Follow Up: Fixing What’s Broken

November 7, 2021

I needed to let the dust settle after that one.

When I wrote my little “coming out” piece about my experience with sexual abuse a few weeks ago, I wrote it for an audience of two. I wrote if for myself, because I needed to say these things out loud so I could start the healing. And I wrote it for my wife because I was desperate to mend the damage my behavior had caused in our relationship. I had already discussed it with my parents who were surprisingly tranquil about the news that their four-year-old son had been sexually abused. My mother seemed to separate herself from any of the events and my father thought it was a good explanation for how I treated my little brother. Now, as then, they didn’t seem concerned for my emotional well being.

Who did care about me were many of my friends. When I posted the link to the story on my Facebook page I got so many wonderful messages, including friends coming out about their own victimization stories, some leading to failed marriages and life-long challenges. It meant so much and also let me know how many of us are struggling with the adult effects of childhood trauma. We are a statistic (1 in 7), but we are also pieces of the story of humanity. The narcissist in me could be seen as saying, “Hey, look at me! I’m an abuse victim, too!” I thought about that before I posted it. But I think it just needed to be said and I’m glad I did. It was like taking a breath.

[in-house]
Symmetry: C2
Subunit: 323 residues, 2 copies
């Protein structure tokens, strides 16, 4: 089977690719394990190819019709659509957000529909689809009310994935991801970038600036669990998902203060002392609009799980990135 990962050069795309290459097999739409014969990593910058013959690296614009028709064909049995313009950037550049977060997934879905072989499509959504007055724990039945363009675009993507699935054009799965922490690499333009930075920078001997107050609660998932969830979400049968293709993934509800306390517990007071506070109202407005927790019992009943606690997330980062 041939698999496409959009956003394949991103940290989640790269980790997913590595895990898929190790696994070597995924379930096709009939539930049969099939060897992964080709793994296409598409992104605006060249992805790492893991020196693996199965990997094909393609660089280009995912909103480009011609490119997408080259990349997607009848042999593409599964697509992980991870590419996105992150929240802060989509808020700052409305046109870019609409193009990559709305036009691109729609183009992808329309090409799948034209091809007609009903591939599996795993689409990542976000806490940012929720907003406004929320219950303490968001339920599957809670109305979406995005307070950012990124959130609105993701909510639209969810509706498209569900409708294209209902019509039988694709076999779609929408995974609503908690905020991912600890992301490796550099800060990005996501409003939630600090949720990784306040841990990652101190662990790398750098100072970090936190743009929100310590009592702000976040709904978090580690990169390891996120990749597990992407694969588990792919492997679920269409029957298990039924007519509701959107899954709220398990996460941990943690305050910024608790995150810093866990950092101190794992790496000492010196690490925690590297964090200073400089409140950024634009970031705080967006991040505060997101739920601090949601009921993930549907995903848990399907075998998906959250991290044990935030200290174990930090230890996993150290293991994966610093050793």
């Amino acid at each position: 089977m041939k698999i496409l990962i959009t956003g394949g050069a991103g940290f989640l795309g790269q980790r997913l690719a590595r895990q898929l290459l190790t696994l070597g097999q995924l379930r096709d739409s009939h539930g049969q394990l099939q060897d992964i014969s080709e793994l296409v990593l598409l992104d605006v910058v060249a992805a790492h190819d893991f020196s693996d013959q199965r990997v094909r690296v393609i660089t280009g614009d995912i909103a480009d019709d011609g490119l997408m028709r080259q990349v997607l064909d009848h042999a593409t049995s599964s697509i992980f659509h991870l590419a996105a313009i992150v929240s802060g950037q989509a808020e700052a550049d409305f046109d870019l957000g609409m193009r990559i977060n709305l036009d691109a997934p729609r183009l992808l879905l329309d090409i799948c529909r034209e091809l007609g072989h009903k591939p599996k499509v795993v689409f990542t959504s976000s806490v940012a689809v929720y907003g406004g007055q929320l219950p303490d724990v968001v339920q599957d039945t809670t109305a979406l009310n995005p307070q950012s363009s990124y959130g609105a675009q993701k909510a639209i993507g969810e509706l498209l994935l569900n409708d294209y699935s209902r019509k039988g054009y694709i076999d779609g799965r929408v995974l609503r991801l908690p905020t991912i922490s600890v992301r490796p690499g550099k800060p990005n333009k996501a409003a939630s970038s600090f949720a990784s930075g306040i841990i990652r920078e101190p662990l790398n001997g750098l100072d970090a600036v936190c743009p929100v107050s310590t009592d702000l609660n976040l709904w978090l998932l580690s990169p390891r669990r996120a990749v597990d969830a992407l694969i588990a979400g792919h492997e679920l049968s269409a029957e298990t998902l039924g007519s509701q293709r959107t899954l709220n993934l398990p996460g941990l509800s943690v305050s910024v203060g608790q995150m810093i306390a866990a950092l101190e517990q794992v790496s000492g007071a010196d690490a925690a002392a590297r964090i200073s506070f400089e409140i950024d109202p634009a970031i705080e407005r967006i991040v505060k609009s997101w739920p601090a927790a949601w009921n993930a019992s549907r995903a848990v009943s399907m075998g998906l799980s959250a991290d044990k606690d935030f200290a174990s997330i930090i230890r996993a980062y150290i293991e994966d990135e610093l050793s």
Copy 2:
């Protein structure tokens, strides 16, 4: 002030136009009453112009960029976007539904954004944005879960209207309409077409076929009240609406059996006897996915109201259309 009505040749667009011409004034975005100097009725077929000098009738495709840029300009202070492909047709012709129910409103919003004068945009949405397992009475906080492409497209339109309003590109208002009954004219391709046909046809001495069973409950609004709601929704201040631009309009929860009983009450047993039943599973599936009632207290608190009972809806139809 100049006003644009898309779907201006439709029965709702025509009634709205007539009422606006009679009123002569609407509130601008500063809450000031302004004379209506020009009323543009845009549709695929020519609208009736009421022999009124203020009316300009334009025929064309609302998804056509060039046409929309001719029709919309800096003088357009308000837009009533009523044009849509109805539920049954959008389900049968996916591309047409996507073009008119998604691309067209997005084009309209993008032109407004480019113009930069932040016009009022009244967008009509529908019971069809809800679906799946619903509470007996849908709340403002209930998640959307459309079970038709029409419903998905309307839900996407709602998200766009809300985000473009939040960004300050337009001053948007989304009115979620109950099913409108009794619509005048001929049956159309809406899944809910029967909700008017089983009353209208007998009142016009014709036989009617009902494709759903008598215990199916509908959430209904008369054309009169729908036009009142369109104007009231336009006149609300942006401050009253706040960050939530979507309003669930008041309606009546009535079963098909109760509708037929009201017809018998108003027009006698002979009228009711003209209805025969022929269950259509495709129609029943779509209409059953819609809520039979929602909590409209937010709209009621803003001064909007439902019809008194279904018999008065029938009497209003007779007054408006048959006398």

The hard part about this is the realization of brokenness. I was pretty cool before, just bopping along, blaming all my problems on other people. I had a poem called “Psycho Chick Magnet” that I’d perform at readings in the 90s to laughter and a lot of dudes saying, “Me, too!” I now see that I was the psycho. My fucked-up defense mechanisms gas lit them. They were crazy. But they weren’t crazy. I was deeply damaged.

Now that I know this, it’s endlessly frustrating. I know what the problem patterns are. I know what the root cause is. I know the behavioral shift to make everything work like it should. Sounds super simple, right? This pattern is fucking up your life, so just stop doing it. This the part where I tell you that I am so completely broken that I’m not sure I can fix it. These patterns have evolved over a half century and I was a fool to think I could snap my fingers and be a different person. That the wirings of my brain that were the result of trauma in a 4-year old boy could just be switched off and I would forever be in the green zone.

Since I posted my story, I’ve fallen off the “Grown Up Randy” train a dozen times. Here’s just the latest example. I thought it would be fun to spend a rainy Sunday at the movies, so Cozy, Andi, and I went to go see Addam’s Family 2 at the Kennedy School. Cozy had her popcorn and lemonade. Andi and I had our beer and held hands and cuddled during the movie, which meant a lot because there had been some me-caused tension (surprise!) earlier in the day. After the film, Andi commented that it would have been nice if I would have put my arm around her. I should have just listened and said I would next time. But instead the four-year old me, who was stuck defending against endless attacks, popped up and ruined everything. I got defensive and felt like nothing I did was enough. I became the asshole that I swore I wouldn’t.